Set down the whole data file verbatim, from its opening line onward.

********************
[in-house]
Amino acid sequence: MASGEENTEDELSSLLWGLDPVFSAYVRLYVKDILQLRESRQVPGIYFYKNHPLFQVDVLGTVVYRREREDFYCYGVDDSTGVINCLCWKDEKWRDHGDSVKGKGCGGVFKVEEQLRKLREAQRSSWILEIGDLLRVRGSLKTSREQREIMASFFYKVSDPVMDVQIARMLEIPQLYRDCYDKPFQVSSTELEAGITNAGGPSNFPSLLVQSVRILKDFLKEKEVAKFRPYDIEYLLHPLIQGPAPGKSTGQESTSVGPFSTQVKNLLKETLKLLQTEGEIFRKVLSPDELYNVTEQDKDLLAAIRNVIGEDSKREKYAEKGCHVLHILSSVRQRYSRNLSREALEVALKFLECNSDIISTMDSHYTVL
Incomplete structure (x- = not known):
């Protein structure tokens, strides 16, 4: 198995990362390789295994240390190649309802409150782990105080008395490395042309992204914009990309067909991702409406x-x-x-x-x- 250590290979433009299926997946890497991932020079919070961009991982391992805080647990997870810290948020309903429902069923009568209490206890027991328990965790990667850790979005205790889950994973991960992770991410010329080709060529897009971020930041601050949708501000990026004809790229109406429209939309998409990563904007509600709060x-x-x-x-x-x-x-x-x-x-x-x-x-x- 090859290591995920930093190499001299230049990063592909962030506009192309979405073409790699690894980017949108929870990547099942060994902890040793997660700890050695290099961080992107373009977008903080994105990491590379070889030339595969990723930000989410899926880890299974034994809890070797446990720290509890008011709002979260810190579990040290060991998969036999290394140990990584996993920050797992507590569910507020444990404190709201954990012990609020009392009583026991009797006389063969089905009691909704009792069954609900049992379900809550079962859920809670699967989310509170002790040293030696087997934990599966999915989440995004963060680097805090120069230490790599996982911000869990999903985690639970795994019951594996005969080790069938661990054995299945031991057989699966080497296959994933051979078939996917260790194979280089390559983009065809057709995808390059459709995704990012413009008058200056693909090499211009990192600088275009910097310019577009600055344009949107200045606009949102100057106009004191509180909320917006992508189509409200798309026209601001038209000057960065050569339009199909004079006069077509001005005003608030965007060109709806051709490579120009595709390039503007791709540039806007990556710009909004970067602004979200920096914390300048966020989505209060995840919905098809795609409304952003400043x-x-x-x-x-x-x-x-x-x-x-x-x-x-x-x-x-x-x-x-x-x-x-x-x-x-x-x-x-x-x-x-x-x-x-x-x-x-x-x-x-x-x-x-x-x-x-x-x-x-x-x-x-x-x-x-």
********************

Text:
[in-house]
Amino acid sequence: MASGEENTEDELSSLLWGLDPVFSAYVRLYVKDILQLRESRQVPGIYFYKNHPLFQVDVLGTVVYRREREDFYCYGVDDSTGVINCLCWKDEKWRDHGDSVKGKGCGGVFKVEEQLRKLREAQRSSWILEIGDLLRVRGSLKTSREQREIMASFFYKVSDPVMDVQIARMLEIPQLYRDCYDKPFQVSSTELEAGITNAGGPSNFPSLLVQSVRILKDFLKEKEVAKFRPYDIEYLLHPLIQGPAPGKSTGQESTSVGPFSTQVKNLLKETLKLLQTEGEIFRKVLSPDELYNVTEQDKDLLAAIRNVIGEDSKREKYAEKGCHVLHILSSVRQRYSRNLSREALEVALKFLECNSDIISTMDSHYTVL
Incomplete structure (x- = not known):
């Protein structure tokens, strides 16, 4: 198995990362390789295994240390190649309802409150782990105080008395490395042309992204914009990309067909991702409406x-x-x-x-x- 250590290979433009299926997946890497991932020079919070961009991982391992805080647990997870810290948020309903429902069923009568209490206890027991328990965790990667850790979005205790889950994973991960992770991410010329080709060529897009971020930041601050949708501000990026004809790229109406429209939309998409990563904007509600709060x-x-x-x-x-x-x-x-x-x-x-x-x-x- 090859290591995920930093190499001299230049990063592909962030506009192309979405073409790699690894980017949108929870990547099942060994902890040793997660700890050695290099961080992107373009977008903080994105990491590379070889030339595969990723930000989410899926880890299974034994809890070797446990720290509890008011709002979260810190579990040290060991998969036999290394140990990584996993920050797992507590569910507020444990404190709201954990012990609020009392009583026991009797006389063969089905009691909704009792069954609900049992379900809550079962859920809670699967989310509170002790040293030696087997934990599966999915989440995004963060680097805090120069230490790599996982911000869990999903985690639970795994019951594996005969080790069938661990054995299945031991057989699966080497296959994933051979078939996917260790194979280089390559983009065809057709995808390059459709995704990012413009008058200056693909090499211009990192600088275009910097310019577009600055344009949107200045606009949102100057106009004191509180909320917006992508189509409200798309026209601001038209000057960065050569339009199909004079006069077509001005005003608030965007060109709806051709490579120009595709390039503007791709540039806007990556710009909004970067602004979200920096914390300048966020989505209060995840919905098809795609409304952003400043x-x-x-x-x-x-x-x-x-x-x-x-x-x-x-x-x-x-x-x-x-x-x-x-x-x-x-x-x-x-x-x-x-x-x-x-x-x-x-x-x-x-x-x-x-x-x-x-x-x-x-x-x-x-x-x-």